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Paperback / softback
Publisher: Columbia University Press
Number of Pages: 432
Width: 14 cm
Height: 21.6 cm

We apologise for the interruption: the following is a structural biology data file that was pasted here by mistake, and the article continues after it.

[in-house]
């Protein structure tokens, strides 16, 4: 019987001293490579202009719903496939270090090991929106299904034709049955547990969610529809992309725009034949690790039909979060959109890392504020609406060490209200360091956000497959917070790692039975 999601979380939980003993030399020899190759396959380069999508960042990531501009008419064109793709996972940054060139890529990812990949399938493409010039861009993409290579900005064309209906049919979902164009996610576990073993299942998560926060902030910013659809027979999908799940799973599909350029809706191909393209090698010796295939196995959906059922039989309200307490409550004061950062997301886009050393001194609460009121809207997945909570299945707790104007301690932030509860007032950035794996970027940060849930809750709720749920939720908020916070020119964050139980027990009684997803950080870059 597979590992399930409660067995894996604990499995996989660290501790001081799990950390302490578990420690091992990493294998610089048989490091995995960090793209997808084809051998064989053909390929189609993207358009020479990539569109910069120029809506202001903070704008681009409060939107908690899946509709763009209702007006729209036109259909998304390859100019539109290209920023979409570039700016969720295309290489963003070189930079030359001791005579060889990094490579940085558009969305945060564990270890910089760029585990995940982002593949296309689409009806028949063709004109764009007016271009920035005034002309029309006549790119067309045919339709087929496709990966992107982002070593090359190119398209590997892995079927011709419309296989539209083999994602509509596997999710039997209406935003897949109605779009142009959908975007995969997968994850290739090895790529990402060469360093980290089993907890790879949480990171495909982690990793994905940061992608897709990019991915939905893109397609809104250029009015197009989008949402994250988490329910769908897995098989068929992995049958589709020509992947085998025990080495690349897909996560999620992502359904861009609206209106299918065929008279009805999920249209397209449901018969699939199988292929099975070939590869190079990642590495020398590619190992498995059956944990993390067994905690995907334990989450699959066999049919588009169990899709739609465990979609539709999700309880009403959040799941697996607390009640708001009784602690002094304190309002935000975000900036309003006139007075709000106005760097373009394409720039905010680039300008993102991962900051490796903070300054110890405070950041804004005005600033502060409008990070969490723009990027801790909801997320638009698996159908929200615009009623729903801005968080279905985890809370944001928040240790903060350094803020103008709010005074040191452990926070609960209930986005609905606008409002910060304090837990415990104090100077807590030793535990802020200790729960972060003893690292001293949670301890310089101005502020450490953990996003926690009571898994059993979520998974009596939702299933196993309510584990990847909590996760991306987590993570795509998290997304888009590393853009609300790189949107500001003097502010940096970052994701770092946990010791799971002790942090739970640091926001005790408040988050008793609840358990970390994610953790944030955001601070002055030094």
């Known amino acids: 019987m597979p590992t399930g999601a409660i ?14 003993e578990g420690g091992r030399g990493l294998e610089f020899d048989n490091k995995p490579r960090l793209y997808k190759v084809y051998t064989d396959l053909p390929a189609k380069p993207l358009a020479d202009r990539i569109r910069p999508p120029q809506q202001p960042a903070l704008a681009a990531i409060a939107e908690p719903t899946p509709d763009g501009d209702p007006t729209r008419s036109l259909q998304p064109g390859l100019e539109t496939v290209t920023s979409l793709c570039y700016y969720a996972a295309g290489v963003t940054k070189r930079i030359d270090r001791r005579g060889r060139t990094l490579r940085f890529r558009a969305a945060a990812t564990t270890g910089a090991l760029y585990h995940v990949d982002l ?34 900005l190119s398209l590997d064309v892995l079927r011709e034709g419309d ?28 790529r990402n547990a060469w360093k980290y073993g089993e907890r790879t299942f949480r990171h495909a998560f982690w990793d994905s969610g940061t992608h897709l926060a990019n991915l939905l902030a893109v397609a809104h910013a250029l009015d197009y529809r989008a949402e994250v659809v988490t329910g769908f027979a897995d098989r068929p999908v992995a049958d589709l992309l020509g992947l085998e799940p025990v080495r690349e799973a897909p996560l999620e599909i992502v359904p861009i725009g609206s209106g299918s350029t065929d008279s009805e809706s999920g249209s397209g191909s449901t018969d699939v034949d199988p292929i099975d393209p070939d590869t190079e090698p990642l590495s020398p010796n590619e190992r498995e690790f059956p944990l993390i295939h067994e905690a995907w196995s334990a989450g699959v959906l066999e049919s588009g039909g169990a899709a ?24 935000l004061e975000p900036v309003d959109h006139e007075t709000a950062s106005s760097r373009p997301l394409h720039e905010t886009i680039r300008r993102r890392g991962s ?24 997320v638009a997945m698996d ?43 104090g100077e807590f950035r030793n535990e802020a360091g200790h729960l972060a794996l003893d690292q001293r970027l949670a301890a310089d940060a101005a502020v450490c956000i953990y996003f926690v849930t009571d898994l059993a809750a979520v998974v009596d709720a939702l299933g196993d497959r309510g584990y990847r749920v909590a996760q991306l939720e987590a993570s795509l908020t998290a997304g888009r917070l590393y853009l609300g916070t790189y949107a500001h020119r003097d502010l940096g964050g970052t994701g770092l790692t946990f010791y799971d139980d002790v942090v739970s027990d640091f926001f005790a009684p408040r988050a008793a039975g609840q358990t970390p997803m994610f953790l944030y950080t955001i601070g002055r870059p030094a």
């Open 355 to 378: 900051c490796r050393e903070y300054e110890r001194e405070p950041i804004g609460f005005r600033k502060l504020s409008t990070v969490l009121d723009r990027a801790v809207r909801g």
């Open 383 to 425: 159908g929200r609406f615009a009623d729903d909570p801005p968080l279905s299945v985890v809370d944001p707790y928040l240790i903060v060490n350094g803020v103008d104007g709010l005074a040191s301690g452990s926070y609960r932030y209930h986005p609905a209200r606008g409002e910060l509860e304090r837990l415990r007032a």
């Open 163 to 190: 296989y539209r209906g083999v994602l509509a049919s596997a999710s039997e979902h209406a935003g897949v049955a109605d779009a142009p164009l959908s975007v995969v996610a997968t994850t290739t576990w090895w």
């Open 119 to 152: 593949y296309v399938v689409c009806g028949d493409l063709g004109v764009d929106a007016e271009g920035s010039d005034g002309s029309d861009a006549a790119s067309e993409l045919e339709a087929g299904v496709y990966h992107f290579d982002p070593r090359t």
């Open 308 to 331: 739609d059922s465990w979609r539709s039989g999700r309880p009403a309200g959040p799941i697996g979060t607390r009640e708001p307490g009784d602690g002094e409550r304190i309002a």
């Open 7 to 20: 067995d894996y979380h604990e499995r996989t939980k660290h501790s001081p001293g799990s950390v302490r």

In novels such as Silence, Endo Shusaku examined the persecution of Japanese Christians in different historical eras. Sachiko, set in Nagasaki in the painful years between 1930 and 1945, is the story of two young people trying to find love during yet another period in which Japanese Christians were accused of disloyalty to their country. In the 1930s, two young Japanese Christians, Sachiko and Shuhei, are free to play with American children in their neighborhood. But life becomes increasingly difficult for them and other Christians after Japan launches wars of aggression. Meanwhile, a Polish Franciscan priest and former missionary in Nagasaki, Father Maximillian Kolbe, is arrested after returning to his homeland. Endo alternates scenes between Nagasaki-where the growing love between Sachiko and Shuhei is imperiled by mounting persecution-and Auschwitz, where the priest has been sent. Shuhei's dilemma deepens when he faces conscription into the Japanese military, conflicting with the Christian belief that killing is a sin. With the A-bomb attack on Nagasaki looming in the distance, Endo depicts ordinary people trying to live lives of faith in a wartime situation that renders daily life increasingly unbearable. Endo's compassion for his characters, reflecting their struggles to find and share love for others, makes Sachiko one of his most moving novels.